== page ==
In horse training there are good days and bad days. One day you’re on top of the world moving yourself up the levels and the next you’re brought back down to Earth with a thud. This rapid change of pace can both boggle your mind and annoy the bejesus out of you. Unfortunately I let myself to succumb to the annoying symptom know as frustration yesterday and the results were less than satisfactory. I left the barn, a place where I usually feel wonderful, discouraged and upset.
My horse, Achates, has been laid up for the past week after torquing his right hind leg outside. While he is usually calm as a cucumber recently he has been as high as kite. Every time I would bring him into the arena he would snort, remember his racetrack days, and spook at any shadow or sound. My frustration stemmed from two things: 1. I didn’t want him to re-injure himself, and 2. His lack of general attentiveness. Looking back I definitely think that there are several things I could have done better.
1. Don’t let your emotions control you.
I think that as horse owners and riders our emotions can often get in our way. I’m not saying that the emotional connection you have to your horse has to be severed but more so whatever inner turmoil you may have going on shouldn’t interfere with your training. When you feel yourself getting tightly wound or tense take a second, breath deeply, and collect your thoughts. Make a mental checklist of what you need to do to accomplish your goals and then follow through.
2. Give yourself an attainable goal.
Having a plan when you go to work your horse is great, but don’t be afraid to adjust it once you’ve started. Maybe your original plan was to work on canter departs but when you get to the barn your horse is nervous and spooky. Don’t be afraid to readjust and give yourself something else to work on. Instead of canter departs concentrate on calming your horse down, or working on your departs from the ground using a lunge line. Doing this allows you to control your situation. It insures that you won’t be disappointed and that you can still enjoy the time you spend with your horse.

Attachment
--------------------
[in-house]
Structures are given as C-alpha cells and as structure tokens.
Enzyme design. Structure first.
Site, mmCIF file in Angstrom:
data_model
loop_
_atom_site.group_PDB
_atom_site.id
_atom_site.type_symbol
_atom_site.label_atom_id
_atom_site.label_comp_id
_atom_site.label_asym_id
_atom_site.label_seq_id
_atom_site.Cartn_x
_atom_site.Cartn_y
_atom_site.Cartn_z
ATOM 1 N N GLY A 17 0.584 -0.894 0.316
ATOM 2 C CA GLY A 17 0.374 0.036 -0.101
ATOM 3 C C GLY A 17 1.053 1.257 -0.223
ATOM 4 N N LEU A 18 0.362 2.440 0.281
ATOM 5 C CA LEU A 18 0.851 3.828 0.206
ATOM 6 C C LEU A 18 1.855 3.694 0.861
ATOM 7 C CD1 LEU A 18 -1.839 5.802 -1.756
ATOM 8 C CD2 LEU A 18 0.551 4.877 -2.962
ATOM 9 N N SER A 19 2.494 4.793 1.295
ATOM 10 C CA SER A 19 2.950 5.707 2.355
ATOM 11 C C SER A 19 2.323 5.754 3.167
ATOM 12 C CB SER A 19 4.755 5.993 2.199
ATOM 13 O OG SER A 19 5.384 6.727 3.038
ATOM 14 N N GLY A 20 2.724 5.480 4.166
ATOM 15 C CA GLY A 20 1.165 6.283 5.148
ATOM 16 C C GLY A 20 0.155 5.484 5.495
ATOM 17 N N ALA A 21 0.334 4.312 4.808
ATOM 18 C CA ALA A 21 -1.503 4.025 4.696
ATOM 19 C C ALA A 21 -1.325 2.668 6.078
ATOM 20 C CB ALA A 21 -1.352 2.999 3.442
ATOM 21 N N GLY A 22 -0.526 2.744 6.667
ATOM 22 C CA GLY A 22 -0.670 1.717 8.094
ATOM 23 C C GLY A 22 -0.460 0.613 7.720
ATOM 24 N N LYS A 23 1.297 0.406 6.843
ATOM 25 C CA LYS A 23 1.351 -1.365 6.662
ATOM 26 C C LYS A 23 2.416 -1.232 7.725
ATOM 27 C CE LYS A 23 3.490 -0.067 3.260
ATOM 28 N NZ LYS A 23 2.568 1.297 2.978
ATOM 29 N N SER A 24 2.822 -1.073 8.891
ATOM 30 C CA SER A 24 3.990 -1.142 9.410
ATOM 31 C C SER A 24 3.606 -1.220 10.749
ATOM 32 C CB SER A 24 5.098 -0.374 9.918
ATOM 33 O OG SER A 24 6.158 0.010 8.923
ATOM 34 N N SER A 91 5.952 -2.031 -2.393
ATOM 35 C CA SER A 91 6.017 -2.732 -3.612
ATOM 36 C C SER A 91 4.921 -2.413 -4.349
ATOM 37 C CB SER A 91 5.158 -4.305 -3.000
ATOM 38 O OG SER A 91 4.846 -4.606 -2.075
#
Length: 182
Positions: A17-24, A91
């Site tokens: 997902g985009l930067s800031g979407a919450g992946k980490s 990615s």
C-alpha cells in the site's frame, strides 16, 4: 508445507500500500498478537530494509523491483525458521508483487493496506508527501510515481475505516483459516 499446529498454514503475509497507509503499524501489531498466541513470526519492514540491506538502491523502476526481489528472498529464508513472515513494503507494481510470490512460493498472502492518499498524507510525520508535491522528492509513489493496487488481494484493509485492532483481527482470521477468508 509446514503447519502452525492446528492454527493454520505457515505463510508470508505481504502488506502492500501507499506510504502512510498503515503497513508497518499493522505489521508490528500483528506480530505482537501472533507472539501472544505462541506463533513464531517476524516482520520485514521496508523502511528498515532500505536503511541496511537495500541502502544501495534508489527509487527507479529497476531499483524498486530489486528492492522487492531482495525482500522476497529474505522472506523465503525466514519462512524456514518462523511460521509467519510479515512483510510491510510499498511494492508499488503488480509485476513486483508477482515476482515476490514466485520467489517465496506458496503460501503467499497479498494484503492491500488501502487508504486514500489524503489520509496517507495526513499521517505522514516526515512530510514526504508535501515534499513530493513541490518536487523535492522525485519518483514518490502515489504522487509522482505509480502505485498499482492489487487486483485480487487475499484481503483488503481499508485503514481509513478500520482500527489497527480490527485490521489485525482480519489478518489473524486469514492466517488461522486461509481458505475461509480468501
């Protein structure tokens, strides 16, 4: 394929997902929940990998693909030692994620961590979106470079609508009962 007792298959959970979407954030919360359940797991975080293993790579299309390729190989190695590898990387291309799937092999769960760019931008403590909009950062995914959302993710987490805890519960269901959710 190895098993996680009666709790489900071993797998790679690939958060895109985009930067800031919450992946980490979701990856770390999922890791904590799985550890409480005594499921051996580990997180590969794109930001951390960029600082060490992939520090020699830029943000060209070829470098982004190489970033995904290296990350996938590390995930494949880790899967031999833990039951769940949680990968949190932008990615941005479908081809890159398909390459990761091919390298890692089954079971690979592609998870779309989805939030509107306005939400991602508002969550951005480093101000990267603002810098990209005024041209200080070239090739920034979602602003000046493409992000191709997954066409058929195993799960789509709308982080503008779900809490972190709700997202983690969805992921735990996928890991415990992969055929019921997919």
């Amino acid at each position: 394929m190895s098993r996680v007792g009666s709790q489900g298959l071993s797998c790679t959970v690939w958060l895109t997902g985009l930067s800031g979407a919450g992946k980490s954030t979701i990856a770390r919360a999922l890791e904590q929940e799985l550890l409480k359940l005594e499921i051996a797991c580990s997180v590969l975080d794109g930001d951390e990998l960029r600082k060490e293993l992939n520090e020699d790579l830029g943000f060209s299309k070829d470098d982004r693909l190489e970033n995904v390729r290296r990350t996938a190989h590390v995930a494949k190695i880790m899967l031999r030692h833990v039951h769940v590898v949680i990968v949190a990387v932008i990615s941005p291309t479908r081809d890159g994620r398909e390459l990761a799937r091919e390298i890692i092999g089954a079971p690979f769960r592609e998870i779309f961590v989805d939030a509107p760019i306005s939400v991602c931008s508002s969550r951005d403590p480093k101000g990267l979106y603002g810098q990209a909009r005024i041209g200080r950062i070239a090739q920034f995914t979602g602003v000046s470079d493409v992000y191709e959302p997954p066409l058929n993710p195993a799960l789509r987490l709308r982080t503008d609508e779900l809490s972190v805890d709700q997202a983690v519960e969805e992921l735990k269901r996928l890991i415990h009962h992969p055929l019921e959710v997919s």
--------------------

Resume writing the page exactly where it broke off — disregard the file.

3. Don’t be afraid of failure.
Don’t worry or put too much stock into any mistakes you’re making. Guess what? Mistakes are how you learn. If you did everything right the first time you wouldn’t know what to do if you messed up. It’s also the way your horse learns. Each correction and reward is your way of communicating with them. Ask them repeatedly for what you want and when they finally give it to you reward them! Don’t fret your small mistakes, but make sure you acknowledge and reward any sort of success. You want to encourage your horse, not discourage them.
Today I went back out to the barn and kept these three factors in mind. I gave myself the goal of being able to walk Achates around the arena once without any spooking or shying. When I brought him out from his stall he was as high as he was the day before. Instead of letting it get to me I focused on what I was there for. I asked him to lower his head until his neck muscles relaxed and then asked him to walk forward with me. I repeated this process over and over again as we walked around the arena, occasionally mixing it up by asking him to back up first and then walk forward with me.
When he finally let out a big sigh I rewarded him by putting him back into his stall. I gave him a two minute break and started the process all over again. After doing this for another twenty minutes I was finally able to reach my initial goal of walking him around the arena without incident.
I cannot even begin to say how proud of him I was. He was excited but controlled himself and paid more attention to me than what was going on around him. More importantly I was able to get him out of his stall, have him let off some steam, and keep him from re-injuring his leg.
This experience showed me just how much my attitude effects my horse when I work with him. Something that I’ll keep at the forefront of mind as we continue his recovery this week.
Stay strong and don’t let frustration get you! By doing this you and your warrior will be able to conquer any obstacle that comes your way.